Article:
Low Level Aches, Pains and Dysfunction – Easy Fixes

Let me tell you about my first day as a freshly hired personal trainer:

First day: you know the day where the company you’ve been hired by walks you through their procedures, shows you how to bill, do the paperwork, and introduce you to the staff and your supervisors.

NOPE, not how it went AT All. Instead the awesome boss I had (I mean that, he was the coolest guy ever!) asked if I was up for taking my first client. “Hell yea!” I proclaimed. “Good, one problem, he doesn’t speak any English.”

But he assured me that he was a cool young dude and that he picks up on stuff really well. Okay, so I did it. And you know what? It was a blast! In fact, the following week I go to train his sister who had a knee injury/limitation and also couldn’t speak English (they were from Mexico on vacation). Try explaining something to a client with no words. If any of you have seen my YouTube videos you’ll note I’m very hand and face gesture expressive. Trust me, it works!

Let me get this straight, right off the bat. I have ZERO certification in rehabbing injuries. ZERO. The extent of my knowledge has been a few things: my own injuries and how I’ve gone about healing them, what drills the numerous physiotherapists and chiros I’ve seen have taught me about my own injuries and just plain common sense that if this hurts don’t do that but keep working at getting back to “normal” over time.

Here’s another thing I’ve had to learn the hard way: there are no perfectly healthy clients. I have maybe had two or three people tell me in the consult that they have no injuries or dysfunctions, but in each circumstance upon movement assessment there always comes to light something. “Oh yea, I rolled that ankle a half-dozen times when I played soccer a few years back.” Riiiiiight, so that’s why your ankle mobility sucks!

Point is that all good trainers at some point have to do “pre-habilitative”, “corrective”, or “rehabilitative” work on their clients. The trick is to know when it’s outside your scope of practice (meaning you and I have NO business diagnosing and prescribing an exercise for some injury), outside my pay grade (eg. for me, working with an elite level pro-athlete) or simply that you don’t feel 100% confident in what you’re doing. In these cases you refer out to the network of therapists you should have for this circumstance.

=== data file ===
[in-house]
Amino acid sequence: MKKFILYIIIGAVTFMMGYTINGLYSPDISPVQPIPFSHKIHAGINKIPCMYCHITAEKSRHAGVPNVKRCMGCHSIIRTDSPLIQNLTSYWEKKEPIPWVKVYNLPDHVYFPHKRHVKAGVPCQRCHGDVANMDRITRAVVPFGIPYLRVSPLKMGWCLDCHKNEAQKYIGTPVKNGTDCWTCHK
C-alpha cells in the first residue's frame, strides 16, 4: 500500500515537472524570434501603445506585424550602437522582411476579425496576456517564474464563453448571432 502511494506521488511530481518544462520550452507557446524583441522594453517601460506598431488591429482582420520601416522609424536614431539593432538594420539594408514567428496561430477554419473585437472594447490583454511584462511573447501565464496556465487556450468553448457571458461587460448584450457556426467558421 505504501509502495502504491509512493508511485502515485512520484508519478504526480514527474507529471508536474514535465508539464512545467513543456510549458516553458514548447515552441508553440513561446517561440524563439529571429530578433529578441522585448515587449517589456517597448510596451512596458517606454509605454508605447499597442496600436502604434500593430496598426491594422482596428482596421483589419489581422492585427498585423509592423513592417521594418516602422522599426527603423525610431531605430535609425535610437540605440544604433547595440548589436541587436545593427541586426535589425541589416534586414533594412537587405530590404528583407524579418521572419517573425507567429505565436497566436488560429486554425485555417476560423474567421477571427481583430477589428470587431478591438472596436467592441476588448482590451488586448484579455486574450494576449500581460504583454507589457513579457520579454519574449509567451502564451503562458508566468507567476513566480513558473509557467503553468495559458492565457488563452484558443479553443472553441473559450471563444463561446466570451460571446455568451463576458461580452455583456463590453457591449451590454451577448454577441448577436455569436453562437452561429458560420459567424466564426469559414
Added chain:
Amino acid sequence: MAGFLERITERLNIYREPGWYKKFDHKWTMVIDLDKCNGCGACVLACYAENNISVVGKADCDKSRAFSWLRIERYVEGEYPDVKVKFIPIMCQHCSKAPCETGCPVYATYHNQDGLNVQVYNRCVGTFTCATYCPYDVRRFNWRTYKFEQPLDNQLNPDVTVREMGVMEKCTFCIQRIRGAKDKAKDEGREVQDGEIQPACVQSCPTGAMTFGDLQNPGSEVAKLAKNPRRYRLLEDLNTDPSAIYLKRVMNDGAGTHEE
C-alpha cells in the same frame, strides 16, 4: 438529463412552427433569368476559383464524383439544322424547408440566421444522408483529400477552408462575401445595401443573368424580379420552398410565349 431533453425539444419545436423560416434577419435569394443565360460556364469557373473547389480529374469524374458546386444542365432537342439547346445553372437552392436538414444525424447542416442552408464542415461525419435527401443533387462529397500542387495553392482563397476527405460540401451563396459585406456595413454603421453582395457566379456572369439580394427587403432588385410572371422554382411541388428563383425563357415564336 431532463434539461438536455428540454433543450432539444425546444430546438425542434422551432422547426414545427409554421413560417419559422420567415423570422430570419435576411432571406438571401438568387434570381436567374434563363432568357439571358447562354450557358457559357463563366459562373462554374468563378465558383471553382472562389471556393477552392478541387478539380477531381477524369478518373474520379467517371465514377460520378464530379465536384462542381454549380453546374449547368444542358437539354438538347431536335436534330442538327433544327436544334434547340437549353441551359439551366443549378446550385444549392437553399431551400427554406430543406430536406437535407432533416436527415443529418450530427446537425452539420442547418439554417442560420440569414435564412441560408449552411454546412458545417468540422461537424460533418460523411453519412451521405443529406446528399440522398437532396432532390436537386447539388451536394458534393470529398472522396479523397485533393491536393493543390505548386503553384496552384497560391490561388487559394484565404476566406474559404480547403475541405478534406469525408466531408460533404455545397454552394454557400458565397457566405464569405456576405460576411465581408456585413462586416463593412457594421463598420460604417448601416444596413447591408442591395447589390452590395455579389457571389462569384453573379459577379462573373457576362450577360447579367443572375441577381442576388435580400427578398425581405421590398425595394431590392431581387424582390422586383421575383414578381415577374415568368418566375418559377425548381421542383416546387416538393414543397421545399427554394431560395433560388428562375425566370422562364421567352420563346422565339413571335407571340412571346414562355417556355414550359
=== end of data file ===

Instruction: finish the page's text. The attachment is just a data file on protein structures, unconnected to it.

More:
So where’s the line? That’s a tough one and I believe it comes down to what you’ve actually done and actually know, not what you think you know. And here’s what I do know: I’ve run across situations (say like in above example of rolled ankle = crappy ankle mobility) and run across an “easy fix” drill that seems to do some serious good for the client (or myself). That’s what I know and it’s causal. This situation plus this action = this positive result.

So without further ado, I introduce my series of videos talking about these quick fixes:

Here’s what I wrote as the YouTube Playlist description for this series. You’d be wise to listen to it:

“These are exercise drills I’ve run across over the years that have helped me and my clients overcome basic aches and pains or dysfunction. If you have a serious issue, don’t be a tough guy (or girl) about it, stop watching YouTube for answers and go see a physiotherapist! Any questions or issues you have and would like answered shoot me a message!”

Stiff Ankles: http://www.youtube.com/watch?v=_ALJfvZQG38

Tight And Weak Hip Flexors: http://www.youtube.com/watch?v=wLBhvikSoKI

Shoulder Internal Rotation (“Angel/Scapula Winging”): http://www.youtube.com/watch?v=ivz6vV4_0ss

Shoulder Protraction (Slouching): http://www.youtube.com/watch?v=LhuRcdGxs3g

Lack of Shoulder Fluidity (“Stickiness”): http://www.youtube.com/watch?v=nJsIspcTvGw

I’ll add more videos as I go along in this series but again, hear me when I say these are NOT FIXES TO SERIOUS ISSUES. These are just drills that can address less complicated and minor aches and pains (example: a rolled ankle).

If you have a minor situation you’d like me to tackle, shoot me a comment below.

And if you’ve not already subscribed to the YouTube Channel: www.youtube.com/acathletictraining you should! And click the Follow button on the right side of this blog to get an email each time I put up a new entry!

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2 comments on “Low Level Aches, Pains and Dysfunction – Easy Fixes

  1. tywall says:

    One I’d like to add to the list:

    Anterior Pelvic tilt

    (or posterior, but I don’t care about them at the moment 🙂 )

    • Adrian Crowe says:

      I’ll add it to the list when I come out with part 2. I will say though, anterior pelvic tilt is a system of issues that don’t fit neatly into a “quick fix.” I will however get a vid of this shortly to show a couple of drills I like to use for clients with this situation.

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